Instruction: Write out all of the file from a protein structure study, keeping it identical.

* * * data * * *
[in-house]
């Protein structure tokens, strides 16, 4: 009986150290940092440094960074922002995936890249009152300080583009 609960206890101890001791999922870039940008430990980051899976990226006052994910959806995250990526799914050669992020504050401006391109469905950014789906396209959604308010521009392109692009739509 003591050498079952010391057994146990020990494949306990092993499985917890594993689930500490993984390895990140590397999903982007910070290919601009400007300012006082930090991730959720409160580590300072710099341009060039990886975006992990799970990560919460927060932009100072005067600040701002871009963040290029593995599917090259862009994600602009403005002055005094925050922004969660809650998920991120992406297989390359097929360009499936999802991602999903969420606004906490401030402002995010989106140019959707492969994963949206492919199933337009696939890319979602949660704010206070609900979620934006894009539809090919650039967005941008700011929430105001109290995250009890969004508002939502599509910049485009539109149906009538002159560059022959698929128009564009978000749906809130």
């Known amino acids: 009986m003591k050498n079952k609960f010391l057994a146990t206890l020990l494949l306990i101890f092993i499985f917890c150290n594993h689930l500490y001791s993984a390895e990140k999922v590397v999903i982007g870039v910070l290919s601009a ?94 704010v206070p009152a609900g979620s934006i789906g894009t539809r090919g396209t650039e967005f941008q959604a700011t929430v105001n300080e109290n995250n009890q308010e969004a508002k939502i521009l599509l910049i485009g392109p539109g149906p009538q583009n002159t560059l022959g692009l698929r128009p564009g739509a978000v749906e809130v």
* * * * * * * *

[in-house]
């Protein structure tokens, strides 16, 4: 009986150290940092440094960074922002995936890249009152300080583009 609960206890101890001791999922870039940008430990980051899976990226006052994910959806995250990526799914050669992020504050401006391109469905950014789906396209959604308010521009392109692009739509 003591050498079952010391057994146990020990494949306990092993499985917890594993689930500490993984390895990140590397999903982007910070290919601009400007300012006082930090991730959720409160580590300072710099341009060039990886975006992990799970990560919460927060932009100072005067600040701002871009963040290029593995599917090259862009994600602009403005002055005094925050922004969660809650998920991120992406297989390359097929360009499936999802991602999903969420606004906490401030402002995010989106140019959707492969994963949206492919199933337009696939890319979602949660704010206070609900979620934006894009539809090919650039967005941008700011929430105001109290995250009890969004508002939502599509910049485009539109149906009538002159560059022959698929128009564009978000749906809130």
């Known amino acids: 009986m003591k050498n079952k609960f010391l057994a146990t206890l020990l494949l306990i101890f092993i499985f917890c150290n594993h689930l500490y001791s993984a390895e990140k999922v590397v999903i982007g870039v910070l290919s601009a ?94 704010v206070p009152a609900g979620s934006i789906g894009t539809r090919g396209t650039e967005f941008q959604a700011t929430v105001n300080e109290n995250n009890q308010e969004a508002k939502i521009l599509l910049i485009g392109p539109g149906p009538q583009n002159t560059l022959g692009l698929r128009p564009g739509a978000v749906e809130v």